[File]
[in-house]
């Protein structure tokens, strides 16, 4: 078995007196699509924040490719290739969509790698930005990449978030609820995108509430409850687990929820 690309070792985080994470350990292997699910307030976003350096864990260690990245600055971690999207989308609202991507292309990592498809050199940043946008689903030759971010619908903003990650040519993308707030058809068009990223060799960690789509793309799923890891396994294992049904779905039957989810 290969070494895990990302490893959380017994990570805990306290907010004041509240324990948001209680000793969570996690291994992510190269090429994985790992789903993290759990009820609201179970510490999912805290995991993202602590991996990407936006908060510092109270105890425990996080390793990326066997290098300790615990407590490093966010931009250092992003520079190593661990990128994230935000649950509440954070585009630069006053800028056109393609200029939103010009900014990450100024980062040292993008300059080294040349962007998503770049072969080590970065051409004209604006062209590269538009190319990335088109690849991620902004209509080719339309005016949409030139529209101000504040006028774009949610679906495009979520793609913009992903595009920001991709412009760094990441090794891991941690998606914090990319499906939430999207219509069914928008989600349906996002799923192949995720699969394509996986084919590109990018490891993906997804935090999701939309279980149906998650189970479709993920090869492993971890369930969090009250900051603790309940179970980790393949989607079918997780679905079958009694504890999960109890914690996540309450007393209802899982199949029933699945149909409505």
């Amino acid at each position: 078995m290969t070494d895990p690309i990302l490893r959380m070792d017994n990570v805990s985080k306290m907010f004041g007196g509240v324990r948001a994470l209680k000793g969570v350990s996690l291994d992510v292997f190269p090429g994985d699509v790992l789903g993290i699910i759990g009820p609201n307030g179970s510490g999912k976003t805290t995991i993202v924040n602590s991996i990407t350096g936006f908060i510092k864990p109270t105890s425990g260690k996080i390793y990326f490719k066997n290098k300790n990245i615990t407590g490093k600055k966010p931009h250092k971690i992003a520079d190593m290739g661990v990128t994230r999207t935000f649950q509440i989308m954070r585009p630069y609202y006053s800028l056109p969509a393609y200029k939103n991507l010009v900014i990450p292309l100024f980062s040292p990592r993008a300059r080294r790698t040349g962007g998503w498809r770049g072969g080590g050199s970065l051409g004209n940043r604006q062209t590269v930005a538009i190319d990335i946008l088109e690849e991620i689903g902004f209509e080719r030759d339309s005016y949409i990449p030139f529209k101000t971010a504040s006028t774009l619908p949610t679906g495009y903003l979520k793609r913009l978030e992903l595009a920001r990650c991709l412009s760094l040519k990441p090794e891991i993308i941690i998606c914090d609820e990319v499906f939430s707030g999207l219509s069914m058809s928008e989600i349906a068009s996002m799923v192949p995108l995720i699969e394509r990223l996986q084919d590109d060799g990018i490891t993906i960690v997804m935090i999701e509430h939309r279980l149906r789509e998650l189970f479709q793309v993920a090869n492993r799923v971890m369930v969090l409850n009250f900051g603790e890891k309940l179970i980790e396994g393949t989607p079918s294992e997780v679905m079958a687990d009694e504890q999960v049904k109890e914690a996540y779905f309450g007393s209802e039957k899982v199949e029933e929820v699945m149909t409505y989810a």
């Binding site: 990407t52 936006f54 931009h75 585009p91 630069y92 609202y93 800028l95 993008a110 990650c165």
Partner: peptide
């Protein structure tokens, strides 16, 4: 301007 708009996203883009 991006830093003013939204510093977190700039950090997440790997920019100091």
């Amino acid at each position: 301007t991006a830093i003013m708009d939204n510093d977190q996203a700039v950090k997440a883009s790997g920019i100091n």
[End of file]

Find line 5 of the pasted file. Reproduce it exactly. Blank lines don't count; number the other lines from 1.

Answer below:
Partner: peptide